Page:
DARPA has awarded a $3 million contract to Raytheon BBN Technologies Corp. and a $2.3 million contract to UC San Diego for the Enhanced Night Vision in eyeglass form factors (ENVision) project. Researchers from both organizations will develop night-vision devices that are far smaller and lighter in weight than those currently in use.
The current night-vision goggles are typically 4 inches (10.16 cm) long and can weigh up to 2.2 pounds (~1 kilo). This leads to torque on the wearer’s neck, limiting their agility, and can lead to chronic injury over prolonged use. They have the added disadvantage of having a narrow field of view, and generally have limited spectral access to the near-infrared spectral band, limiting situational awareness.
DARPA’s ENVision program seeks to overcome these limitations by developing enhanced direct-view night-vision systems that are similar in size and weight to typical eyeglasses. Researchers at Raytheon BBN and UC San Diego will develop these small and lightweight night-vision eyeglasses to extend visual access beyond near infrared to include shortwave, midwave, and long-wave infrared spectral bands. This will give users access to spectral ranges from 1.5 to 12 microns. They will also seek to widen the user’s field of view to natural eyesight of about 100 degrees.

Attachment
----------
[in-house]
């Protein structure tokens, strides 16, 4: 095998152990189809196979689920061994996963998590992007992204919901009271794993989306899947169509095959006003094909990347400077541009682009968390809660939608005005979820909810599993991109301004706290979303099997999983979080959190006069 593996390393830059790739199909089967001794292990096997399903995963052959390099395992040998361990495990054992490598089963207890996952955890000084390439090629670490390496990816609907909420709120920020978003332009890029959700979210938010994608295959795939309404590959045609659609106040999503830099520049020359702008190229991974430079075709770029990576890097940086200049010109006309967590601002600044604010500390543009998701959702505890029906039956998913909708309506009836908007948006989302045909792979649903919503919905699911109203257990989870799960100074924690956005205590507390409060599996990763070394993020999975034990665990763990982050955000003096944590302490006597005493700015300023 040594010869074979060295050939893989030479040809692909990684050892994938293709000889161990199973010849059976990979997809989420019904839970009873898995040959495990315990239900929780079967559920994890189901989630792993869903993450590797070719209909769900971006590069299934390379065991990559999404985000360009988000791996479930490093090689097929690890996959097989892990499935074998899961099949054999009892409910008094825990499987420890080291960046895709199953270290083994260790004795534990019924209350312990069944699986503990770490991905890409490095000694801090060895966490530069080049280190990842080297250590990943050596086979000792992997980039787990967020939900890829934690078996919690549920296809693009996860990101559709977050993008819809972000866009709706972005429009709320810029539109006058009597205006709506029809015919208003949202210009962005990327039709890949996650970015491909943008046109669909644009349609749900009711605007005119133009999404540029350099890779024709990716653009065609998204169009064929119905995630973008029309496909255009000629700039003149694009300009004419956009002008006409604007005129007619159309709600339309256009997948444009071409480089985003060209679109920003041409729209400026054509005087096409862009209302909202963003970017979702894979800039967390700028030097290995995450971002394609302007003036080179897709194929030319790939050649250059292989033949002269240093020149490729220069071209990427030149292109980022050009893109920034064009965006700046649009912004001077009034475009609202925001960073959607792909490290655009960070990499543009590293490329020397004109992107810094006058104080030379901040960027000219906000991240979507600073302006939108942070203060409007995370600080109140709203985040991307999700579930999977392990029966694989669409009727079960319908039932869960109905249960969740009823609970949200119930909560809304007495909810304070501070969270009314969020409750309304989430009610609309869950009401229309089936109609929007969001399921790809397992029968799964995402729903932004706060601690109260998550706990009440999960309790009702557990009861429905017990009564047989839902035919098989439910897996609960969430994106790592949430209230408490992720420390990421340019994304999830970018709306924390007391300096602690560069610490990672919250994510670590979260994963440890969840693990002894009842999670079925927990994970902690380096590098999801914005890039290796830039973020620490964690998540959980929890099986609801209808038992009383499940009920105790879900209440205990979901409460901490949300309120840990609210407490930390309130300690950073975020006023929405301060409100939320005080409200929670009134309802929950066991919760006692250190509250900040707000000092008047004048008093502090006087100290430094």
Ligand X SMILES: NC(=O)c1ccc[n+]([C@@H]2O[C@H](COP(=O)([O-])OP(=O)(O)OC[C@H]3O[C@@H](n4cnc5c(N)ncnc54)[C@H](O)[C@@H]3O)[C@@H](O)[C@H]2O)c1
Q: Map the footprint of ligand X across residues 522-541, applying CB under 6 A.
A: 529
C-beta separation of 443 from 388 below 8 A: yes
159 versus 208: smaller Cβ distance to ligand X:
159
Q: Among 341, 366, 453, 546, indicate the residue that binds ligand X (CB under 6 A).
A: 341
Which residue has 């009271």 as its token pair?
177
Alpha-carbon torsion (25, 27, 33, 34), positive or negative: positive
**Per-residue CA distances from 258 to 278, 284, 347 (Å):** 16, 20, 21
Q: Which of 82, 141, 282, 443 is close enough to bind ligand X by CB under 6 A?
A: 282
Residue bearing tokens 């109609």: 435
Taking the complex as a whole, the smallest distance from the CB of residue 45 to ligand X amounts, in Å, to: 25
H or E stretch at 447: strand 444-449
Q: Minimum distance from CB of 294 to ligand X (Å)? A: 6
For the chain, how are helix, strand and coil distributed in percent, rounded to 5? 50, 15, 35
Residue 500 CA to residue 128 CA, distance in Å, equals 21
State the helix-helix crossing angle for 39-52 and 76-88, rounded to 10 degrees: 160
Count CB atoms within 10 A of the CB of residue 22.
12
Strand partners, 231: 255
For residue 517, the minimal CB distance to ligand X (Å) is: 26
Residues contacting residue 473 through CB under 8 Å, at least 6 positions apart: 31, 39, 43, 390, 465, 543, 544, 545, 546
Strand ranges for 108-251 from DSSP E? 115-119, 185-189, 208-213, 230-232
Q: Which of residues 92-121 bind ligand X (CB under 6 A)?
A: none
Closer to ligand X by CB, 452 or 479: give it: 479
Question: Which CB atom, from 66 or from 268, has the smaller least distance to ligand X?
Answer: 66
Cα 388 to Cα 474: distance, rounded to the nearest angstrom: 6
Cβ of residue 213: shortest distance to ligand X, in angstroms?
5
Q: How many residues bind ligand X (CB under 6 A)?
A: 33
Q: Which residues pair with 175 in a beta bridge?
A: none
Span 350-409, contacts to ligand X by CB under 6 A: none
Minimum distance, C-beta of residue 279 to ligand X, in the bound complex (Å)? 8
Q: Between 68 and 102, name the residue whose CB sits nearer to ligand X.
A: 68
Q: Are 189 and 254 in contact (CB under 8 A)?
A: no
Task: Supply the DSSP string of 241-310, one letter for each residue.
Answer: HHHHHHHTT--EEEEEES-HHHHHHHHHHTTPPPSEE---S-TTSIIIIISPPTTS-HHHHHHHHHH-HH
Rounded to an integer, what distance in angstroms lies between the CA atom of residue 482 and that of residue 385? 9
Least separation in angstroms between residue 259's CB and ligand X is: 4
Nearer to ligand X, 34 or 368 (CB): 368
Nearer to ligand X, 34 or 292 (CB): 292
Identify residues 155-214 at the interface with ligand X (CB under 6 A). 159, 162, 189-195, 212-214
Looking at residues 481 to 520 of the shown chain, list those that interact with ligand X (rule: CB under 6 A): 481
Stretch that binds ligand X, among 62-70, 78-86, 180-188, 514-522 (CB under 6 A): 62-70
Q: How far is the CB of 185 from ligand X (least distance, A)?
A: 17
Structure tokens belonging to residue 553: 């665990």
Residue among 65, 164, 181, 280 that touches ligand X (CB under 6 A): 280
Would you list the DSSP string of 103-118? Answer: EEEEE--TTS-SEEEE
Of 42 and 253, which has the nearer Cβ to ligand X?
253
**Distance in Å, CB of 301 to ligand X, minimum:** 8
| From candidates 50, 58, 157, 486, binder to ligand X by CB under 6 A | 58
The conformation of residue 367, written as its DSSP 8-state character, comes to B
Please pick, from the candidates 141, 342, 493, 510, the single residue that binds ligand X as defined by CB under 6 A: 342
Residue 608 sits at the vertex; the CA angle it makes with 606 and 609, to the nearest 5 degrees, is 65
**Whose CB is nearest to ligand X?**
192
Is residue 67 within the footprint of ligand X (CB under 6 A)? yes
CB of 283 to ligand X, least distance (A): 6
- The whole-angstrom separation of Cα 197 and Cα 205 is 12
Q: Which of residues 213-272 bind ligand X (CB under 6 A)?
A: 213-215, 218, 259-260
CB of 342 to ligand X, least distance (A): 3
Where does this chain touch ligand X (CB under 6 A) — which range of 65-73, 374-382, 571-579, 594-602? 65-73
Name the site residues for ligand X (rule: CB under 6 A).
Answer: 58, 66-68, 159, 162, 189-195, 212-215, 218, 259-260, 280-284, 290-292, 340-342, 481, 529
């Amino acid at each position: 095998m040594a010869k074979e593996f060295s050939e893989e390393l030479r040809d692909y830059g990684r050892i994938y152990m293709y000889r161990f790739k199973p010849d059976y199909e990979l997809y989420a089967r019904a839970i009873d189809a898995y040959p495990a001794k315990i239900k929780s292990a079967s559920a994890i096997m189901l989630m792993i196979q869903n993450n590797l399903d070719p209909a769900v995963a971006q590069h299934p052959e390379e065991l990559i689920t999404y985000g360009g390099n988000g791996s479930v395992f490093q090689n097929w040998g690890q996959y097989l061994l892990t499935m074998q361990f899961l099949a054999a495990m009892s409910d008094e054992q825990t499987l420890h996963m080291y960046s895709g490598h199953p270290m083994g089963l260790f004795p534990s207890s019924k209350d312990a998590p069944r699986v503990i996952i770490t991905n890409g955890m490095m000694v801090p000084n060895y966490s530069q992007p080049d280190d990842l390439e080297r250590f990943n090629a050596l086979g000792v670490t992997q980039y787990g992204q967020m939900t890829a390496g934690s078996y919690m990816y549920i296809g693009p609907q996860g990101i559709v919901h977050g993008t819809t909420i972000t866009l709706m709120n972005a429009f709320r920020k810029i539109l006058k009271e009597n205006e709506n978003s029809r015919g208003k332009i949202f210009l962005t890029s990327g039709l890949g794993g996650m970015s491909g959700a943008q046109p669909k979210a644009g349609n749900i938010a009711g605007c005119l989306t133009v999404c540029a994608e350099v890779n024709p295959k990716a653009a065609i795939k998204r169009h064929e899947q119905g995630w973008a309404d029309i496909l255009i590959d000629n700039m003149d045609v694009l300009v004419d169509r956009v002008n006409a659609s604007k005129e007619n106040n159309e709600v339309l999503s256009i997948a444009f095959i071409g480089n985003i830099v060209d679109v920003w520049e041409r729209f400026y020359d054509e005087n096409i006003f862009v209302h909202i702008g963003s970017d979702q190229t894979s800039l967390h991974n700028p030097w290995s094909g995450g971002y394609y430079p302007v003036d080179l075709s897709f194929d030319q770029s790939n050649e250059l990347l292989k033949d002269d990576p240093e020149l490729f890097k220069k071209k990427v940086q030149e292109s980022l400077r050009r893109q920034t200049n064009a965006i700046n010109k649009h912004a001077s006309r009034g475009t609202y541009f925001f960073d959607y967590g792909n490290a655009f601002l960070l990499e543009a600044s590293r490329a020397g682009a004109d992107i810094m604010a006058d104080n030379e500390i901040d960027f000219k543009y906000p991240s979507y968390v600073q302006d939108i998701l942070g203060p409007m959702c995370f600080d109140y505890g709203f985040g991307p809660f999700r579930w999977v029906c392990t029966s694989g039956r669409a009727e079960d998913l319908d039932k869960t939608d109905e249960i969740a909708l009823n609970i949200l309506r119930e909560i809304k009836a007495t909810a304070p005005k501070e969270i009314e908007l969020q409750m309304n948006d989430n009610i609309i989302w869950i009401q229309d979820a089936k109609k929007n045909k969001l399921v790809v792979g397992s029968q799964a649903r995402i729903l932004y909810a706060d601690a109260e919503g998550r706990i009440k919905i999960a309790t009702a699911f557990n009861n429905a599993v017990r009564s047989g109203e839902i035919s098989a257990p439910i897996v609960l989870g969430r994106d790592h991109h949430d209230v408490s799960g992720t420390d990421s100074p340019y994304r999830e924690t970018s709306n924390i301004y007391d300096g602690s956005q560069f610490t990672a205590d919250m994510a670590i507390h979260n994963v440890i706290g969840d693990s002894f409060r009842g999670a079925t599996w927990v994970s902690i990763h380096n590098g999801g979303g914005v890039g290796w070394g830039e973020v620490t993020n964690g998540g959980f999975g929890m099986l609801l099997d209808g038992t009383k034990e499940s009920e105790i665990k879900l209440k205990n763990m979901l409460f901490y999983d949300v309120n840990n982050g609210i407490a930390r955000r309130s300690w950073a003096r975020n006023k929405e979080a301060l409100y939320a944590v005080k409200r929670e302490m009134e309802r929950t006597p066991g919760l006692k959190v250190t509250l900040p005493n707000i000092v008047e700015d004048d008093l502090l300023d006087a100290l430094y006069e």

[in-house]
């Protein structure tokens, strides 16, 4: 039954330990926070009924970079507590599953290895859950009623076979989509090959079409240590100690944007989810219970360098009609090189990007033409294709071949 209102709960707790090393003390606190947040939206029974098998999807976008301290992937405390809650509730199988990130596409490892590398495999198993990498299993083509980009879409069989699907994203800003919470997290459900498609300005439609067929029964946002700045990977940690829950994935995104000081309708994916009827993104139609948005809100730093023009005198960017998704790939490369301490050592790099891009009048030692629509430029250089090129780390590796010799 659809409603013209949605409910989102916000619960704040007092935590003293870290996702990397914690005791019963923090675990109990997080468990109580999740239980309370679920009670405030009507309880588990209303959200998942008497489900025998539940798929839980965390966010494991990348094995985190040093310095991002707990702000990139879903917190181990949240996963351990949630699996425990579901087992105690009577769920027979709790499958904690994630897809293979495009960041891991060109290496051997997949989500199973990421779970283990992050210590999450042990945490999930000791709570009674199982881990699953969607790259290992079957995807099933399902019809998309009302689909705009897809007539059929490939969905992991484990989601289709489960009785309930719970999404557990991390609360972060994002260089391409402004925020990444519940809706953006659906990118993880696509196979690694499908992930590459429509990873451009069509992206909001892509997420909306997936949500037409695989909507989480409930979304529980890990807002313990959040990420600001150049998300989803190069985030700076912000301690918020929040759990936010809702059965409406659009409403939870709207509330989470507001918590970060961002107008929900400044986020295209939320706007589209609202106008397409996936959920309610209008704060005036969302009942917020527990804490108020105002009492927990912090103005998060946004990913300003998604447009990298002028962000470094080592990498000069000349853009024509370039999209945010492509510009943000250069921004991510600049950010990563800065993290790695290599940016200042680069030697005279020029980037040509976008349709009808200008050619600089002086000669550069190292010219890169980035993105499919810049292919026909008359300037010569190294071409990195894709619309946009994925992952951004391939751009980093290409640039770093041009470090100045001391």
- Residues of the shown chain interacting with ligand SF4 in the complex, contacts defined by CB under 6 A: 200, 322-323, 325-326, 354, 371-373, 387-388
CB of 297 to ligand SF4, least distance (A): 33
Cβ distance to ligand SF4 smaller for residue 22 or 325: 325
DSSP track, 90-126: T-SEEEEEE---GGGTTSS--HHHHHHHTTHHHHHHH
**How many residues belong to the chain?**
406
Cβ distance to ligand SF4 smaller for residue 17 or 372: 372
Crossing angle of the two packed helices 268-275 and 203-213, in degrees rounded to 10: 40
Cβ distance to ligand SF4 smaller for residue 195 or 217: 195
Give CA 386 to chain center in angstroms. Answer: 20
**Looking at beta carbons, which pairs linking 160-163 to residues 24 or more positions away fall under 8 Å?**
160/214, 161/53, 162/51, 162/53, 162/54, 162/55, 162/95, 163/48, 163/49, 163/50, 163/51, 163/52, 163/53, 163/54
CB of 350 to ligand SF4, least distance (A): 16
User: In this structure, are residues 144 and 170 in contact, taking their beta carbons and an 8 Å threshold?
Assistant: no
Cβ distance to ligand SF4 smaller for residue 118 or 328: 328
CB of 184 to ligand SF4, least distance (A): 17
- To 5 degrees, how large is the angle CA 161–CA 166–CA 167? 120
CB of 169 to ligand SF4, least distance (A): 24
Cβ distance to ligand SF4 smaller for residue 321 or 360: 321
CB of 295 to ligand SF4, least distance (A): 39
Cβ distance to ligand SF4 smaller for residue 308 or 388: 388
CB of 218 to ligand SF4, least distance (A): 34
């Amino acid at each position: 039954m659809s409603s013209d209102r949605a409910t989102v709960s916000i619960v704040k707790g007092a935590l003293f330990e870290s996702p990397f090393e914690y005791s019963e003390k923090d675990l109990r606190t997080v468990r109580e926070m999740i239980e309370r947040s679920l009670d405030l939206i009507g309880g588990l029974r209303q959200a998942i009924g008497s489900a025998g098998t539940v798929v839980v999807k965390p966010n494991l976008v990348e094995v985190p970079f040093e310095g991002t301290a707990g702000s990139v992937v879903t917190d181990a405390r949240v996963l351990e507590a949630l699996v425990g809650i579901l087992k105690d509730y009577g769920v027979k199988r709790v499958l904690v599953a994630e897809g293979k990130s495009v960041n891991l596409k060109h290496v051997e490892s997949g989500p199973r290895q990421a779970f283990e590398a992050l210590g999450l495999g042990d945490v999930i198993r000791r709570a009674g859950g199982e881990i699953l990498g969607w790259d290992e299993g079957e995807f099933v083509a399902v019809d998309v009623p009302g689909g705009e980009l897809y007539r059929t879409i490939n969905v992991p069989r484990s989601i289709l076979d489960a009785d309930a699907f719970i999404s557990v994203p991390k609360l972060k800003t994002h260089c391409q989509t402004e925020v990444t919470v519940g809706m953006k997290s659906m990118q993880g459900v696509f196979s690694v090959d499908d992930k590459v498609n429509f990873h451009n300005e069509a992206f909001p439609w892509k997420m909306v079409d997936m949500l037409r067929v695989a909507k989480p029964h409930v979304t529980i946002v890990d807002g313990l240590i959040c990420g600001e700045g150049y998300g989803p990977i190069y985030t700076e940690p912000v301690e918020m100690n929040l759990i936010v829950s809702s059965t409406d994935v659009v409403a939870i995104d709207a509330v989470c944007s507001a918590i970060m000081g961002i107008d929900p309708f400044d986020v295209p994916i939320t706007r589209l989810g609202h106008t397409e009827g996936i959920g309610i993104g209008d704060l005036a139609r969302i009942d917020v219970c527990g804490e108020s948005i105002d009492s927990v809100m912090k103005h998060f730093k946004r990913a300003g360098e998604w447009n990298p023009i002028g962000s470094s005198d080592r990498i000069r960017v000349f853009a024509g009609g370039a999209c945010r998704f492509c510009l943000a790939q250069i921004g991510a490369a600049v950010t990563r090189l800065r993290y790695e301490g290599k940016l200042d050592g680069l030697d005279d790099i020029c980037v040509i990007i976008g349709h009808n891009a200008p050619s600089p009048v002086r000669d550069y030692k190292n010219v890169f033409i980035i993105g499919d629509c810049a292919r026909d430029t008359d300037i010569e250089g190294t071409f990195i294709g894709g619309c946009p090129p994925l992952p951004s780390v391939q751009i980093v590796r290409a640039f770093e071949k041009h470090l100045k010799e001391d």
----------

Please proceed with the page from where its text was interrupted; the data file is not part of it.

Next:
ENVision hopes to accomplish this by achieving direct vision of the infrared through photon upconversion. Direct photon upconversion involves the absorption of two or more photons and re-emission of a photon of higher energy. To date, this process has been limited in the bandwidth of light that can be upconverted simultaneously, but recent breakthroughs in material systems science show promise.